Can Injured Fans Sue Following a Concert Injury?

Console and Associates, P.C.

Few things compare to the thrill of seeing one of your favorite bands, musicians or artists perform live. However, given the crowds and the excitement of concert-goers, music venues and music festivals can also be pretty dangerous places. From being trampled to getting caught in a mosh pit to intentional acts of violence to crowd surfing injuries, the risks facing concert-goers are many. On top of the initial risk of injury, attendees who are injured often face greater danger due to the venue’s negligence in addressing their injuries in a timely manner. If you were the victim of a concert injury, click here to read our recent guide on the topic.

Common Concert Injuries

All music venues, whether at a stadium, a theater, or an empty field, present certain risks to concert goers. While many people assume that concert injuries only occur at rock concerts and music festivals, the reality is that concert injuries can occur at all types of events, regardless of the type of music. Some of the most common types of concert and music festival injuries include:

  • Getting trampled as a crowd rushes the stage;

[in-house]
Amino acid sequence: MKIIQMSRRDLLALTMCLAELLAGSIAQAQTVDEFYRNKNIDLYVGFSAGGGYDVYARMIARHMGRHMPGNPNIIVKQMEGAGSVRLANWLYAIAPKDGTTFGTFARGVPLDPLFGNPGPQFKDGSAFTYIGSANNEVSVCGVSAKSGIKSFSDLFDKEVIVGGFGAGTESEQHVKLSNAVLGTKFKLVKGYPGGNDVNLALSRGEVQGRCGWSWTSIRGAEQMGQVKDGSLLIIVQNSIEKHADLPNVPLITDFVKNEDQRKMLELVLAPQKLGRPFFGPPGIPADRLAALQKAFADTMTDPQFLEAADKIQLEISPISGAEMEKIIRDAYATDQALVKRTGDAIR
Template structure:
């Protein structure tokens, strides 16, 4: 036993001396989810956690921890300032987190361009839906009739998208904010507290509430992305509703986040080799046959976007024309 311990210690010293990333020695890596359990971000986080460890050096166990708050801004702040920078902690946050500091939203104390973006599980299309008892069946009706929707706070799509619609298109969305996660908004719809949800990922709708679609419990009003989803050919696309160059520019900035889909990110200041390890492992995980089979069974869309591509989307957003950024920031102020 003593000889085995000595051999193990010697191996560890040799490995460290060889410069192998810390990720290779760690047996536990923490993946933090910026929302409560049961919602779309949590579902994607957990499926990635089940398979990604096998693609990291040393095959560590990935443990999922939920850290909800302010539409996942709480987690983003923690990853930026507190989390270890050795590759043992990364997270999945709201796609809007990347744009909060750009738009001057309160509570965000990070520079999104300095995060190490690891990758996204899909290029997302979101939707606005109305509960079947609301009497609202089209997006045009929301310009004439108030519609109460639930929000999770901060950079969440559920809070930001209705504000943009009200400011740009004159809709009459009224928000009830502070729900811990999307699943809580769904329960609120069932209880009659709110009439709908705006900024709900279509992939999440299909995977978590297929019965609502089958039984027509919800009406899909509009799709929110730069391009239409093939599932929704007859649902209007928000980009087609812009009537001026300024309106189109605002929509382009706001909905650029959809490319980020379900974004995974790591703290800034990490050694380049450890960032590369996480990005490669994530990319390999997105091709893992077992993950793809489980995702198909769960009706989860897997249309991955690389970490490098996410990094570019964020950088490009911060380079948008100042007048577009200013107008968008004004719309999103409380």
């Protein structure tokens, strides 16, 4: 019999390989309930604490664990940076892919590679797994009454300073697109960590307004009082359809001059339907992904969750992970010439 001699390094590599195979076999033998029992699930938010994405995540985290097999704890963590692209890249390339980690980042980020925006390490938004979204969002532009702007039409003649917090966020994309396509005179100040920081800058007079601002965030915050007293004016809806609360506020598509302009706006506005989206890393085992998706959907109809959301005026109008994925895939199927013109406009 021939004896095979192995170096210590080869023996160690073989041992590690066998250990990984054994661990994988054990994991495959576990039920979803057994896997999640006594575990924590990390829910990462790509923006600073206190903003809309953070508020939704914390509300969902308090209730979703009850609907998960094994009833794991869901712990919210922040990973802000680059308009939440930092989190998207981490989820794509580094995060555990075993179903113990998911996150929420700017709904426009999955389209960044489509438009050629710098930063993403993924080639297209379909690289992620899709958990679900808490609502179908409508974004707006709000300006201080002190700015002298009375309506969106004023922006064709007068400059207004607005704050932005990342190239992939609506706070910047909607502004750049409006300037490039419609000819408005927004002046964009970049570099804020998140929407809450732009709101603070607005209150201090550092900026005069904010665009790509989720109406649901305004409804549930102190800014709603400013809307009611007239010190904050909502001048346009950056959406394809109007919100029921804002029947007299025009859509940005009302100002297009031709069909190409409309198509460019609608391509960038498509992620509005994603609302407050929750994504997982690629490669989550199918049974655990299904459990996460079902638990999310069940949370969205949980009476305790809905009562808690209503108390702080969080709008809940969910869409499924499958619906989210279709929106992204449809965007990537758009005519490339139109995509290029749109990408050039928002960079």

• Crowd surfing injuries;

  • Mosh pit injuries;

  • Intentional acts of violence;

  • Slip and fall accidents;

  • Pyrotechnic accidents; and

  • Falling objects.

While the concert venue isn’t necessarily responsible for the actions of other concert goers, it does have a duty to ensure that guests remain safe.

Can a Music Venue Be Liable for Concert injuries?

Yes, music venues can be held liable for a concert-goer’s injuries. Under the legal theory of premises liability, a music venue accepts a duty of care to provide a reasonably safe environment for its guests. This includes addressing potential hazards associated with the physical venue itself, as well as providing protection and security from others’ negligent and reckless actions.

For example, last year, ten people were killed and hundreds injured at the Astroworld festival when thousands of fans rushed the stage as Travis Barker was about to begin his performance. Following this tragic accident, the local medical examiner determined that the cause of death for all 10 victims was compression asphyxia. Compression asphyxia occurs when someone is unable to breathe due to external pressure being applied to the body.

The Astroworld tragedy wasn’t the only fatal concert accident in recent months. Earlier this year, a shooting at a rap concert in Dallas, Texas claimed one man’s life and injured a dozen others. Evidently, one concert-goer fired shots into the air, which triggered an argument, resulting in another person firing shots into the crowd.

In each of these cases, victims’ families have filed wrongful death claims against the venue, event organizers and promoters. While these claims are based on different underlying facts, they are based on the same underlying claim—that those who plan, promote and host concerts and music festivals owe concert-goers a duty of care to provide a reasonably safe experience.

Who Is Liable for a Concert Accident?